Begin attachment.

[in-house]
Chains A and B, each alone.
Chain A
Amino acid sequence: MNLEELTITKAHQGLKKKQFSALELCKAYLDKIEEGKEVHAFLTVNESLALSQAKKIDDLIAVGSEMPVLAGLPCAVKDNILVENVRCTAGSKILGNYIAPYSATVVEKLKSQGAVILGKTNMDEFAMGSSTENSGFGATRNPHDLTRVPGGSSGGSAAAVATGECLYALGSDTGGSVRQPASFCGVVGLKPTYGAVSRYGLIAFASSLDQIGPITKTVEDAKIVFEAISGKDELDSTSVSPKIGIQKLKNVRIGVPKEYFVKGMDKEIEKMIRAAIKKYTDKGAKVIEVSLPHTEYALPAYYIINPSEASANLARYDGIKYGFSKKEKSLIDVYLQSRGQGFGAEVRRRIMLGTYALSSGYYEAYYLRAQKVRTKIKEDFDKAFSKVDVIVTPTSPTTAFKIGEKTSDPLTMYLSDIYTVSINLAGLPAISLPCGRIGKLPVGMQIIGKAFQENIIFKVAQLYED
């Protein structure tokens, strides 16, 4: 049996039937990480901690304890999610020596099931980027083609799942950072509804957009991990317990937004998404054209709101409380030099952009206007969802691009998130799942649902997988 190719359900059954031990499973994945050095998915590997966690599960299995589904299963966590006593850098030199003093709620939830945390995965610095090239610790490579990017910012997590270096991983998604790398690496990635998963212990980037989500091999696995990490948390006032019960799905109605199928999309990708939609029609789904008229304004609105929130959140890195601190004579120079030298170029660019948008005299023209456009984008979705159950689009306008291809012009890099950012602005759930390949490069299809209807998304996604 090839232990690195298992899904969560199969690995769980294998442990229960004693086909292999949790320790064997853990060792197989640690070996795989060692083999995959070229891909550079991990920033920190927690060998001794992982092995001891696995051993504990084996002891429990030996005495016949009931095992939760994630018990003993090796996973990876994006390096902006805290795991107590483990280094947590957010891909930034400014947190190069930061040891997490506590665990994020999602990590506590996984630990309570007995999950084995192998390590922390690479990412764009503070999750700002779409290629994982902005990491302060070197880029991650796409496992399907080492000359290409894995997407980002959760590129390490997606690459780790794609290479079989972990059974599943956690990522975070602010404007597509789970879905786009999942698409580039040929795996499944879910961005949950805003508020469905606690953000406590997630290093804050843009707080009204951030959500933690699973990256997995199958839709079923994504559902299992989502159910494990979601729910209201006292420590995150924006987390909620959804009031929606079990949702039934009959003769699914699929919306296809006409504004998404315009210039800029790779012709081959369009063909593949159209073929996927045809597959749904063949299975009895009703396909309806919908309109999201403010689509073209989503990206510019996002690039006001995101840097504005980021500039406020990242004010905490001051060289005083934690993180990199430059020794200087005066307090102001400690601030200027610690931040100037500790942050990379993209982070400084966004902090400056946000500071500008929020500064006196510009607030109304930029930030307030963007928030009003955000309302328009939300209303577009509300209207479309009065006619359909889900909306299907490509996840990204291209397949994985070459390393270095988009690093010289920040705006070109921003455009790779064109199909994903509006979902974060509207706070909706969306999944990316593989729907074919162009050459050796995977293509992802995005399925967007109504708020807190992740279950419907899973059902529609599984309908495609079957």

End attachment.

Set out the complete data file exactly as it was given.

[in-house]
Chains A and B, each alone.
Chain A
Amino acid sequence: MNLEELTITKAHQGLKKKQFSALELCKAYLDKIEEGKEVHAFLTVNESLALSQAKKIDDLIAVGSEMPVLAGLPCAVKDNILVENVRCTAGSKILGNYIAPYSATVVEKLKSQGAVILGKTNMDEFAMGSSTENSGFGATRNPHDLTRVPGGSSGGSAAAVATGECLYALGSDTGGSVRQPASFCGVVGLKPTYGAVSRYGLIAFASSLDQIGPITKTVEDAKIVFEAISGKDELDSTSVSPKIGIQKLKNVRIGVPKEYFVKGMDKEIEKMIRAAIKKYTDKGAKVIEVSLPHTEYALPAYYIINPSEASANLARYDGIKYGFSKKEKSLIDVYLQSRGQGFGAEVRRRIMLGTYALSSGYYEAYYLRAQKVRTKIKEDFDKAFSKVDVIVTPTSPTTAFKIGEKTSDPLTMYLSDIYTVSINLAGLPAISLPCGRIGKLPVGMQIIGKAFQENIIFKVAQLYED
């Protein structure tokens, strides 16, 4: 049996039937990480901690304890999610020596099931980027083609799942950072509804957009991990317990937004998404054209709101409380030099952009206007969802691009998130799942649902997988 190719359900059954031990499973994945050095998915590997966690599960299995589904299963966590006593850098030199003093709620939830945390995965610095090239610790490579990017910012997590270096991983998604790398690496990635998963212990980037989500091999696995990490948390006032019960799905109605199928999309990708939609029609789904008229304004609105929130959140890195601190004579120079030298170029660019948008005299023209456009984008979705159950689009306008291809012009890099950012602005759930390949490069299809209807998304996604 090839232990690195298992899904969560199969690995769980294998442990229960004693086909292999949790320790064997853990060792197989640690070996795989060692083999995959070229891909550079991990920033920190927690060998001794992982092995001891696995051993504990084996002891429990030996005495016949009931095992939760994630018990003993090796996973990876994006390096902006805290795991107590483990280094947590957010891909930034400014947190190069930061040891997490506590665990994020999602990590506590996984630990309570007995999950084995192998390590922390690479990412764009503070999750700002779409290629994982902005990491302060070197880029991650796409496992399907080492000359290409894995997407980002959760590129390490997606690459780790794609290479079989972990059974599943956690990522975070602010404007597509789970879905786009999942698409580039040929795996499944879910961005949950805003508020469905606690953000406590997630290093804050843009707080009204951030959500933690699973990256997995199958839709079923994504559902299992989502159910494990979601729910209201006292420590995150924006987390909620959804009031929606079990949702039934009959003769699914699929919306296809006409504004998404315009210039800029790779012709081959369009063909593949159209073929996927045809597959749904063949299975009895009703396909309806919908309109999201403010689509073209989503990206510019996002690039006001995101840097504005980021500039406020990242004010905490001051060289005083934690993180990199430059020794200087005066307090102001400690601030200027610690931040100037500790942050990379993209982070400084966004902090400056946000500071500008929020500064006196510009607030109304930029930030307030963007928030009003955000309302328009939300209303577009509300209207479309009065006619359909889900909306299907490509996840990204291209397949994985070459390393270095988009690093010289920040705006070109921003455009790779064109199909994903509006979902974060509207706070909706969306999944990316593989729907074919162009050459050796995977293509992802995005399925967007109504708020807190992740279950419907899973059902529609599984309908495609079957």